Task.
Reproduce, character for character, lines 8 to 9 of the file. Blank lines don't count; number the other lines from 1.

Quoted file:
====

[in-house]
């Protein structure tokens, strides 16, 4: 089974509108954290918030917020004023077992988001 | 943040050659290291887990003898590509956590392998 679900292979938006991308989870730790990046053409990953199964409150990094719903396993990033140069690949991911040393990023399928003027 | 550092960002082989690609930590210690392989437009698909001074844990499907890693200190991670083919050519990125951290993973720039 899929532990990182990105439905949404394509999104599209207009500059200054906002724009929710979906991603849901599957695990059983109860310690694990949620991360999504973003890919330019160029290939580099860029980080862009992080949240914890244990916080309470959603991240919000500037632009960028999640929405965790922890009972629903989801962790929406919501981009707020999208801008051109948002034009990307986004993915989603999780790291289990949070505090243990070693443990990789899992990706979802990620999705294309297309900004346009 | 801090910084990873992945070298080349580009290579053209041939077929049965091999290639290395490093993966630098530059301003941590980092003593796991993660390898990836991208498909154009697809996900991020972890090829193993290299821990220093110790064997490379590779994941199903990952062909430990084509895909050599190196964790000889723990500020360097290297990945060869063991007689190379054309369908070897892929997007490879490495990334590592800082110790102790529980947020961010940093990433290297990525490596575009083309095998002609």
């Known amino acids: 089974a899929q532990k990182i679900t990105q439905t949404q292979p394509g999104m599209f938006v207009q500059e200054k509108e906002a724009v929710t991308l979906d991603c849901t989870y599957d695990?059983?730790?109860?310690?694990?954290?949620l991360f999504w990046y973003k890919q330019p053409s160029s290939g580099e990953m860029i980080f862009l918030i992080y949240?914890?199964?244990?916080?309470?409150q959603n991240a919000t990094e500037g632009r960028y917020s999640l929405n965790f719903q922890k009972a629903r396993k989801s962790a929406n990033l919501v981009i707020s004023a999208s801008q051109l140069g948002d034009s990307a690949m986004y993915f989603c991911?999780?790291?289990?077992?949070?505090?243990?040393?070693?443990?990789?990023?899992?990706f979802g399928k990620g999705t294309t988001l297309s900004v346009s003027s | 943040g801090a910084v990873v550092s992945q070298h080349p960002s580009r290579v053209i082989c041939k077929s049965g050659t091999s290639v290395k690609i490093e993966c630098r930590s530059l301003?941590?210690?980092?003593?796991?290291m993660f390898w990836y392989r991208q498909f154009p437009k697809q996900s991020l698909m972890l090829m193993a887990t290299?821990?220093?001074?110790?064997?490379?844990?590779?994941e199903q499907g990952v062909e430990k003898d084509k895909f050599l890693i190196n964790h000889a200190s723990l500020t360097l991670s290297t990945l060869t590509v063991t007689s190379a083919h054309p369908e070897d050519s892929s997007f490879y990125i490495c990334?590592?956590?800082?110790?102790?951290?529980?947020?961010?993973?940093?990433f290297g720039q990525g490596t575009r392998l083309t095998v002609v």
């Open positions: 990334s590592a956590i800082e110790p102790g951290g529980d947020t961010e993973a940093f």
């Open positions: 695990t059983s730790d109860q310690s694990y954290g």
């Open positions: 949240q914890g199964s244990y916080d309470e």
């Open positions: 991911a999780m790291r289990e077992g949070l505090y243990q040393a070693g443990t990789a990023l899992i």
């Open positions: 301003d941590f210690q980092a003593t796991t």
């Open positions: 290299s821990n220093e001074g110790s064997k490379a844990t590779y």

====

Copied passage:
């Open positions: 301003d941590f210690q980092a003593t796991t």
């Open positions: 290299s821990n220093e001074g110790s064997k490379a844990t590779y």